I spoke to the second-year Bachelor of Architecture class at Cornell University about health, safety, and welfare — things like fire safety, structure, accessibility, and sustainability — and the role played by politics and architectural expression in constraining or even damaging those utilitarian functions of buildings. The talk was based in large part on my book, Building Bad: How Architectural Utility is Constrained by Politics and Damaged by Expression.
The lecture on March 13, 2023, ended up being way too long, so I delivered the final sections two days later, on March 15, 2023. I divided the Zoom lecture recordings into six parts, corresponding to the sections of the lecture, and I put them all online as separate videos (find links below).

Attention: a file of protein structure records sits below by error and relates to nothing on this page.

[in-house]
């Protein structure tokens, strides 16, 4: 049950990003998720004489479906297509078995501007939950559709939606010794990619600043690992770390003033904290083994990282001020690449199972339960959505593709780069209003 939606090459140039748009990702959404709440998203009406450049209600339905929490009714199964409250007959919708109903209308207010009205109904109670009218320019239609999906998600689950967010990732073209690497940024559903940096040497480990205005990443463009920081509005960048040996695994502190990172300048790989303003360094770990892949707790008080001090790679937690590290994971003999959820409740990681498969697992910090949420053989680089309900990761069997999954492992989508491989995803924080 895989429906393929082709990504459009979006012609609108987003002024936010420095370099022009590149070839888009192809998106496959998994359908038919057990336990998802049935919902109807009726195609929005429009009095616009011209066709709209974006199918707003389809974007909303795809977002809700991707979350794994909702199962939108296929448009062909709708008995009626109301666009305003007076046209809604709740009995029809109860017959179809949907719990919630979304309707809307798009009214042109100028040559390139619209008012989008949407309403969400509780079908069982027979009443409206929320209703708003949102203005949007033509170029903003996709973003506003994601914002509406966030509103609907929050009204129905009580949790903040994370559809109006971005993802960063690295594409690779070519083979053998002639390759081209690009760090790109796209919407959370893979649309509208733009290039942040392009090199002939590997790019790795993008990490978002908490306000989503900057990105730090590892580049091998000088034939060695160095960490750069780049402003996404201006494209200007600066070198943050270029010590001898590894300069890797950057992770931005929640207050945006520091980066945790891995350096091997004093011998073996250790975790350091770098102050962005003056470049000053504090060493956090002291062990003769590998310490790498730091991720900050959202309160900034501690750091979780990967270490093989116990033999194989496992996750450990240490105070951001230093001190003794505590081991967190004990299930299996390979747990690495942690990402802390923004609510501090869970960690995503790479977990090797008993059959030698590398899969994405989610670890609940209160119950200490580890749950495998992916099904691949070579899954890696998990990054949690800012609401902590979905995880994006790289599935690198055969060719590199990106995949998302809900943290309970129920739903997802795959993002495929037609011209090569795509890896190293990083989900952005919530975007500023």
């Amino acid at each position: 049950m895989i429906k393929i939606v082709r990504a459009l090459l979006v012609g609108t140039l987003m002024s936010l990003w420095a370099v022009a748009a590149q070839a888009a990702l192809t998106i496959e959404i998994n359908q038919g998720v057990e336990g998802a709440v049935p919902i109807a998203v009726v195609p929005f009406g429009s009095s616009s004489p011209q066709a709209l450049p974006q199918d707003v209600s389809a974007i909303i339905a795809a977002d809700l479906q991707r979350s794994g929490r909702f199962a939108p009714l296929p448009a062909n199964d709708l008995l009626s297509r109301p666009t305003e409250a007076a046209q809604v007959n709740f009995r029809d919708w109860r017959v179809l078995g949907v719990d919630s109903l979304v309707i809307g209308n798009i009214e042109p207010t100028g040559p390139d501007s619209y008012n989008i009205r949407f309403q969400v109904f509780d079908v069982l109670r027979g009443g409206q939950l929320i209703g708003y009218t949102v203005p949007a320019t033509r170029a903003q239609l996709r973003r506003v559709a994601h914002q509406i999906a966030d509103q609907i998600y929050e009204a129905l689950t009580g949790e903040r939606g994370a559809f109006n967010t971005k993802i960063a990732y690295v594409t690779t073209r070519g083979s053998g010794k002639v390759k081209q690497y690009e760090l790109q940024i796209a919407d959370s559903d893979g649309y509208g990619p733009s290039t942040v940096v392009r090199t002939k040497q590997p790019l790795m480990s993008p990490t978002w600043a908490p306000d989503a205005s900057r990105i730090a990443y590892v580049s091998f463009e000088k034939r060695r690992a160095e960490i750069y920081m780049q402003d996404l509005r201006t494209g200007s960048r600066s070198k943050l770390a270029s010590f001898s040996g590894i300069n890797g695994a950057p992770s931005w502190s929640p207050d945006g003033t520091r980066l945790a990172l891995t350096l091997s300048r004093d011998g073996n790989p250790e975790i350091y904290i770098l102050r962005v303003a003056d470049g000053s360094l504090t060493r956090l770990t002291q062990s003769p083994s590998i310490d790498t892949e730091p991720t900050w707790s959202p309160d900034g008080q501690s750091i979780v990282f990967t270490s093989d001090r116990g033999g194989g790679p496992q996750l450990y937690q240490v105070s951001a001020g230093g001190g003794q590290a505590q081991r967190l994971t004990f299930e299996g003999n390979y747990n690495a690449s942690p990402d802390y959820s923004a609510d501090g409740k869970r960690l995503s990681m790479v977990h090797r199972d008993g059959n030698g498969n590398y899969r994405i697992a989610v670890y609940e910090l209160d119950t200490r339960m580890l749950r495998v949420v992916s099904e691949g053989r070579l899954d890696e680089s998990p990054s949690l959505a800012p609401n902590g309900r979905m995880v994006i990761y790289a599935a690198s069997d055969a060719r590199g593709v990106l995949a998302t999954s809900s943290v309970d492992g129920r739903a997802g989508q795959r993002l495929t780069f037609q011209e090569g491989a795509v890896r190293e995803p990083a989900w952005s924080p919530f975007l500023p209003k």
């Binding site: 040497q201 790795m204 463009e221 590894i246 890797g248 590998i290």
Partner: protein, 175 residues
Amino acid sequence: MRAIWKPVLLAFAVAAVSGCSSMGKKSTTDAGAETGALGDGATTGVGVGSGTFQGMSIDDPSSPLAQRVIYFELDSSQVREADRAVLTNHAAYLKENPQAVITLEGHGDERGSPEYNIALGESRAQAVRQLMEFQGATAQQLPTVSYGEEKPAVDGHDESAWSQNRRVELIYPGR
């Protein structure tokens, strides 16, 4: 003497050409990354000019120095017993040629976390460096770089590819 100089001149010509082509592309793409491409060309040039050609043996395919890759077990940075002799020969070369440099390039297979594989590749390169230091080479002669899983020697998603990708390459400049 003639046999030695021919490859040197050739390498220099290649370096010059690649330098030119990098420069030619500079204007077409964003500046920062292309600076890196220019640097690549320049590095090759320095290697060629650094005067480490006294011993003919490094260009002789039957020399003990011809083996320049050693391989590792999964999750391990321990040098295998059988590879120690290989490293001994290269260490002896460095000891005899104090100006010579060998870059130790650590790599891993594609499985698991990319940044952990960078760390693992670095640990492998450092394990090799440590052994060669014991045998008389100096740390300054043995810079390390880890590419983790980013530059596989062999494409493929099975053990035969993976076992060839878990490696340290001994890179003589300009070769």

Some light editing was in order: I removed most of my snarky remarks; eliminated copyrighted material (in particular, excerpts from Monty Python’s “Architects Sketch” had to go); corrected one or two words (e.g., “access” got changed to “axis”); and deleted as many “ums,” “rights,” and “you knows” as I could.
Health, safety, and welfare: The role played by politics and architectural expression
© 2023 Jonathan Ochshorn, Professor Emeritus, Cornell University
Part 1. Introductory comments on health, safety, and welfare
Part 2. Introductory comments on expression
Part 3. Fire safety: Politics and expression
Part 4. Structure: Politics and expression
Part 5. Accessibility: Politics and expression
Part 6: Sustainability: Politics and expression